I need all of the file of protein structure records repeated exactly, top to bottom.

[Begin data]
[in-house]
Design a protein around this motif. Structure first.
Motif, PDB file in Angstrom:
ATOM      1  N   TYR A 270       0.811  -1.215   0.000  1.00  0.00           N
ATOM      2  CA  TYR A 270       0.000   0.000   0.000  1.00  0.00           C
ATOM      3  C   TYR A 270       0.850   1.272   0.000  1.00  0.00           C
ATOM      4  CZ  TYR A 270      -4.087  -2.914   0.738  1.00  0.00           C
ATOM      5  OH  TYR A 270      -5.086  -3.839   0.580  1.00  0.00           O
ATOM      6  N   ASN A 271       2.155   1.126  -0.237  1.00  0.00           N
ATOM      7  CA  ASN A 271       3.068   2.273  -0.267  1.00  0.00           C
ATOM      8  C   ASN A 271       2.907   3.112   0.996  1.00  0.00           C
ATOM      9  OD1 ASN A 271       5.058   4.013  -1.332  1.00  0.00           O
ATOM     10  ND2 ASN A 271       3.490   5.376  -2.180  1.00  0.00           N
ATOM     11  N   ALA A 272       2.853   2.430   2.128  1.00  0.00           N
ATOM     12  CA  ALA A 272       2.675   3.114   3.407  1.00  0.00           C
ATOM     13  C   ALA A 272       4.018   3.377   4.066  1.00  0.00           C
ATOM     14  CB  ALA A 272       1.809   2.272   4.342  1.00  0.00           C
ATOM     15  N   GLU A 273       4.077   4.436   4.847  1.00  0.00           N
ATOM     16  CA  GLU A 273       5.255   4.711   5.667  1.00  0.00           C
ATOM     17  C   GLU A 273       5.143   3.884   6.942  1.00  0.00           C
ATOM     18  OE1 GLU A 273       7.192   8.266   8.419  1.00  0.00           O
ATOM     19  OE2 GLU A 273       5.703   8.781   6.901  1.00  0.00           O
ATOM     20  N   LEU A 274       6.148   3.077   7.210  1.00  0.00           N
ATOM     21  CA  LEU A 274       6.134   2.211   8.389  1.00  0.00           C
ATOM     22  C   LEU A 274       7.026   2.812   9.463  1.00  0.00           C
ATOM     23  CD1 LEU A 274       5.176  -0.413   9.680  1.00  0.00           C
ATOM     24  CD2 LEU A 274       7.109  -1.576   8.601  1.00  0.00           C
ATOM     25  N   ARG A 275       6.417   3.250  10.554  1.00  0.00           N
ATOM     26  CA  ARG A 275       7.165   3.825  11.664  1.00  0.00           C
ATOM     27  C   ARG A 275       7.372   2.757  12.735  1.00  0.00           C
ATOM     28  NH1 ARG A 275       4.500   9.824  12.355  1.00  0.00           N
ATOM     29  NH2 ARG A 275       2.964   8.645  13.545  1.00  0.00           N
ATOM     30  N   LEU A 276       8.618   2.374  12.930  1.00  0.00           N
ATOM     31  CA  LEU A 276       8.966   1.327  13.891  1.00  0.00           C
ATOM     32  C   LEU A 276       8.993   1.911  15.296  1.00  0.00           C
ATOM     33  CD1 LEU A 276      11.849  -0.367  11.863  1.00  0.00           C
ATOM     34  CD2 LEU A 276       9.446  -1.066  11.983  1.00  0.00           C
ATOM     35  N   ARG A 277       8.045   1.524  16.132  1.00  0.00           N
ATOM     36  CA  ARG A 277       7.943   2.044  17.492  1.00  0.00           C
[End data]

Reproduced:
[in-house]
Design a protein around this motif. Structure first.
Motif, PDB file in Angstrom:
ATOM      1  N   TYR A 270       0.811  -1.215   0.000  1.00  0.00           N
ATOM      2  CA  TYR A 270       0.000   0.000   0.000  1.00  0.00           C
ATOM      3  C   TYR A 270       0.850   1.272   0.000  1.00  0.00           C
ATOM      4  CZ  TYR A 270      -4.087  -2.914   0.738  1.00  0.00           C
ATOM      5  OH  TYR A 270      -5.086  -3.839   0.580  1.00  0.00           O
ATOM      6  N   ASN A 271       2.155   1.126  -0.237  1.00  0.00           N
ATOM      7  CA  ASN A 271       3.068   2.273  -0.267  1.00  0.00           C
ATOM      8  C   ASN A 271       2.907   3.112   0.996  1.00  0.00           C
ATOM      9  OD1 ASN A 271       5.058   4.013  -1.332  1.00  0.00           O
ATOM     10  ND2 ASN A 271       3.490   5.376  -2.180  1.00  0.00           N
ATOM     11  N   ALA A 272       2.853   2.430   2.128  1.00  0.00           N
ATOM     12  CA  ALA A 272       2.675   3.114   3.407  1.00  0.00           C
ATOM     13  C   ALA A 272       4.018   3.377   4.066  1.00  0.00           C
ATOM     14  CB  ALA A 272       1.809   2.272   4.342  1.00  0.00           C
ATOM     15  N   GLU A 273       4.077   4.436   4.847  1.00  0.00           N
ATOM     16  CA  GLU A 273       5.255   4.711   5.667  1.00  0.00           C
ATOM     17  C   GLU A 273       5.143   3.884   6.942  1.00  0.00           C
ATOM     18  OE1 GLU A 273       7.192   8.266   8.419  1.00  0.00           O
ATOM     19  OE2 GLU A 273       5.703   8.781   6.901  1.00  0.00           O
ATOM     20  N   LEU A 274       6.148   3.077   7.210  1.00  0.00           N
ATOM     21  CA  LEU A 274       6.134   2.211   8.389  1.00  0.00           C
ATOM     22  C   LEU A 274       7.026   2.812   9.463  1.00  0.00           C
ATOM     23  CD1 LEU A 274       5.176  -0.413   9.680  1.00  0.00           C
ATOM     24  CD2 LEU A 274       7.109  -1.576   8.601  1.00  0.00           C
ATOM     25  N   ARG A 275       6.417   3.250  10.554  1.00  0.00           N
ATOM     26  CA  ARG A 275       7.165   3.825  11.664  1.00  0.00           C
ATOM     27  C   ARG A 275       7.372   2.757  12.735  1.00  0.00           C
ATOM     28  NH1 ARG A 275       4.500   9.824  12.355  1.00  0.00           N
ATOM     29  NH2 ARG A 275       2.964   8.645  13.545  1.00  0.00           N
ATOM     30  N   LEU A 276       8.618   2.374  12.930  1.00  0.00           N
ATOM     31  CA  LEU A 276       8.966   1.327  13.891  1.00  0.00           C
ATOM     32  C   LEU A 276       8.993   1.911  15.296  1.00  0.00           C
ATOM     33  CD1 LEU A 276      11.849  -0.367  11.863  1.00  0.00           C
ATOM     34  CD2 LEU A 276       9.446  -1.066  11.983  1.00  0.00           C
ATOM     35  N   ARG A 277       8.045   1.524  16.132  1.00  0.00           N
ATOM     36  CA  ARG A 277       7.943   2.044  17.492  1.00  0.00           C